Professor Stephen Hawking is likely the most famous scientist since Albert Einstein (in fact, Einstein was Hawking’s nickname in grade school.)
As the theoretical physicist, author and professor turns 75 this week, here are some facts you probably didn’t know about his amazing life:
1. His birthday coincides with another special event.
Hawking was born exactly 300 years after the death of a similarly space-inclined scientist: Galileo Galilei.
2. Doctors said he would die in his 20s.
After he began feeling clumsy and having trouble rowing while a student at Oxford, Hawking was diagnosed with amyotrophic lateral sclerosis (ALS), or Lou Gehrig’s Disease, at the age of 21.
Normally, patients with this prognosis are given two to five years to live. But Hawking has defied doctors and survived with the condition for more than 50 years.
ALS causes muscle weakness and eventually paralysis. Hawking can now only move some muscles in his face and a few fingers on one hand.
Some experts have said they no longer believe Hawking suffers from ALS — not understanding how he’s survived so long.
3. Though he’s British, he has an American accent.
Hawking uses a speech synthesizer that he controls with his cheek muscles to speak. It was created for him by a Californian company, and therefore has an American accent.
The synthesizer is fairly outdated and Hawking has had the option to update it, but he’s said he’s grown attached to the voice and identifies with it. He once almost switched to a machine that would give him a French accent, but he thought his wife might divorce him.
4. He likes to make bets.
Not on horses, football games, or cards. When Hawking gambles, it’s about black holes.
In 1975, he was arguing with Kip Thorne, a fellow theoretical physicist, about their existence. Though Hawking believed in the phenomenon, he wanted to find a way that he wouldn’t be totally bummed if they ended up not being real.
So they agreed that if the black holes did not exist, Thorne would buy Hawking a subscription to the satirical magazine, Private Eye. If they were real, Hawking would get Thorne a subscription to Penthouse. A few years later, the racy publication arrived on Thorne’s doorstep.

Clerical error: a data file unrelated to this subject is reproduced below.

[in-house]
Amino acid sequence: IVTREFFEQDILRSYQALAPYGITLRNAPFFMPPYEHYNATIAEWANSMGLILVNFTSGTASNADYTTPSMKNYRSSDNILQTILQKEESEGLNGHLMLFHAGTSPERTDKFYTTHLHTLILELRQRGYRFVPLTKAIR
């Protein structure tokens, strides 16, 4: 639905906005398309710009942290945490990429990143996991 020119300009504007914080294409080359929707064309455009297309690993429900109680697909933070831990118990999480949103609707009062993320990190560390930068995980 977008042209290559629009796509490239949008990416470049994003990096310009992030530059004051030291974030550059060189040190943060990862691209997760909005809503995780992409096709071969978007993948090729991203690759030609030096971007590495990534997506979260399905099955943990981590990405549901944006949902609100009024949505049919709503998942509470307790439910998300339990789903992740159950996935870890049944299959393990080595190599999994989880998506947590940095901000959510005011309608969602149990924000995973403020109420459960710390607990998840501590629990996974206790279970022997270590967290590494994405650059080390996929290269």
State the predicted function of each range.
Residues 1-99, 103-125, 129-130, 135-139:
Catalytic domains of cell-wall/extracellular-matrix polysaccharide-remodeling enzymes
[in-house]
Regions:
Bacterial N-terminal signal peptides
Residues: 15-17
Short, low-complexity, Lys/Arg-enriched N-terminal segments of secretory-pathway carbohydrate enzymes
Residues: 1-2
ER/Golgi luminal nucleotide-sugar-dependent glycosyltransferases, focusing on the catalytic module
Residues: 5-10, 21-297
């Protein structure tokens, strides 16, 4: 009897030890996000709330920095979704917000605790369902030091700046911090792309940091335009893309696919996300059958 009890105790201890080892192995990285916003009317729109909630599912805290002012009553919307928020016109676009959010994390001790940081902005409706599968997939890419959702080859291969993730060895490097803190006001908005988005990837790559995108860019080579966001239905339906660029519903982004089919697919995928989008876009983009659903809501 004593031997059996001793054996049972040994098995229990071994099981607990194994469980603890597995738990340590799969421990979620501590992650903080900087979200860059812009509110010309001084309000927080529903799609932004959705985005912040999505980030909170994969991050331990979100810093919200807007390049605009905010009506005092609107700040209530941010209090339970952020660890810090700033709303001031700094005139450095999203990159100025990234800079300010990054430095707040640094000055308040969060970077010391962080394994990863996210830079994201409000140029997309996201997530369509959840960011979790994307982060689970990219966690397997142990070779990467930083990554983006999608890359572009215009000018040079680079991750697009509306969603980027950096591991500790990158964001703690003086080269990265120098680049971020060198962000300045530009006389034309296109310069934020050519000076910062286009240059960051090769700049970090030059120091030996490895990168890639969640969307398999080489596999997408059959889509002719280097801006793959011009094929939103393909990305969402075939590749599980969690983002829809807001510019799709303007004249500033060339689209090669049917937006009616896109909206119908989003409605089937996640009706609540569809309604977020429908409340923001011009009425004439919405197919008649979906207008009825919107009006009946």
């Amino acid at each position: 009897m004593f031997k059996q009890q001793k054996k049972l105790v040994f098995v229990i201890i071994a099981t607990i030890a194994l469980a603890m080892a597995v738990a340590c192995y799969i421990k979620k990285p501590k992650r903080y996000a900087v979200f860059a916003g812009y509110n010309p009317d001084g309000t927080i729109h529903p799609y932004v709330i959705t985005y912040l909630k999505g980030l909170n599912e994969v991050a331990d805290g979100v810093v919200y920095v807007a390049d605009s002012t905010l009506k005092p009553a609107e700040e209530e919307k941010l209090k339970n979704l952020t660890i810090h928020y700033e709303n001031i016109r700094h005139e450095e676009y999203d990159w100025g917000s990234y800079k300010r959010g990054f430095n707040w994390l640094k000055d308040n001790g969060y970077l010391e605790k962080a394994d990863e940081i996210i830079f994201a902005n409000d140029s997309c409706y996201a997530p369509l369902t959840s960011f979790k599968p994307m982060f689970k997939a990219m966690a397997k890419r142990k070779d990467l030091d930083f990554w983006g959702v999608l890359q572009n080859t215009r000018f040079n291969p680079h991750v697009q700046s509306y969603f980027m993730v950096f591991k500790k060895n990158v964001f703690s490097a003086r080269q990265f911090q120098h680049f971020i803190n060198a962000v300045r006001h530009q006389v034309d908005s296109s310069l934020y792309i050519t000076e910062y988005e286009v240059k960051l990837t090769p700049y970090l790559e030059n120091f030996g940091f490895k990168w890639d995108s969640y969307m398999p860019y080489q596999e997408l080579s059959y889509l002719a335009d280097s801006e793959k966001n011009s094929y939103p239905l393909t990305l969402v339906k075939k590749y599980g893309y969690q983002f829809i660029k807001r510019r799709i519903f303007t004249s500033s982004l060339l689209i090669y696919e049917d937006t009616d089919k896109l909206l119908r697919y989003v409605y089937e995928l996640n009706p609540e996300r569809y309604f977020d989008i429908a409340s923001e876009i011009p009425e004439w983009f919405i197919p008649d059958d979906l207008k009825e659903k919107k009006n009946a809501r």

More famously, in 1997, he was arguing with Thorne and another man about radiation in black holes. He ended up losing that bet as well and sent Thorne and John Preskill a baseball encyclopedia.
5. He’s a Simpsons character.
A long-time fan, Hawking has voiced his own Simpsons’ character in four different episodes. Along with his signature synthesizer, Hawking’s cartoon wheelchair is equipped with a retractable helicopter propeller and a boxing glove.
After his character saves Lisa, Homer asks her: “Did you have fun with your robot buddy?”
Hawking also guest starred in Futurama and an episode of Star Trek, in which he plays hologram poker with Sir Isaac Newton and Albert Einstein.
6. He doesn’t believe in the possibility of backwards time travel or heaven.
In his autobiography “My Brief History,” Hawking presents a simple argument against time travel to the past saying, “if it were (possible), we would have been overrun by tourists from the future by now.”
Heaven, he’s said, is equally far-fetched. “The notion of heaven is a fairy story,” he’s said.
7. He learned math while he was already a professor of it.
“I’m now a professor of mathematics, but I have not had any formal instruction in mathematics since I left school at the age of seventeen,” he wrote in My Brief History. “I have had to pick up what I know as I went along. I used to supervise undergraduates at Cambridge and keep one week ahead of them in the course.”
8. The pope once told him to cut it out.
Pope John Paul II once asked Hawking not to study the beginning of the universe. At the time, Hawking had been at a conference at the Vatican giving a lecture on the beginning of the universe.
9. He can only communicate one to two words per minute.
Hawking spends days writing his speech before delivering it.
10. If aliens ever visit, he suspects it won’t end well.
“If aliens visit us, the outcome would be much as when Columbus landed in America, which didn’t turn out well for the Native Americans,” he said in 2010. “We only have to look at ourselves to see how intelligent life might develop into something we wouldn’t want to meet.”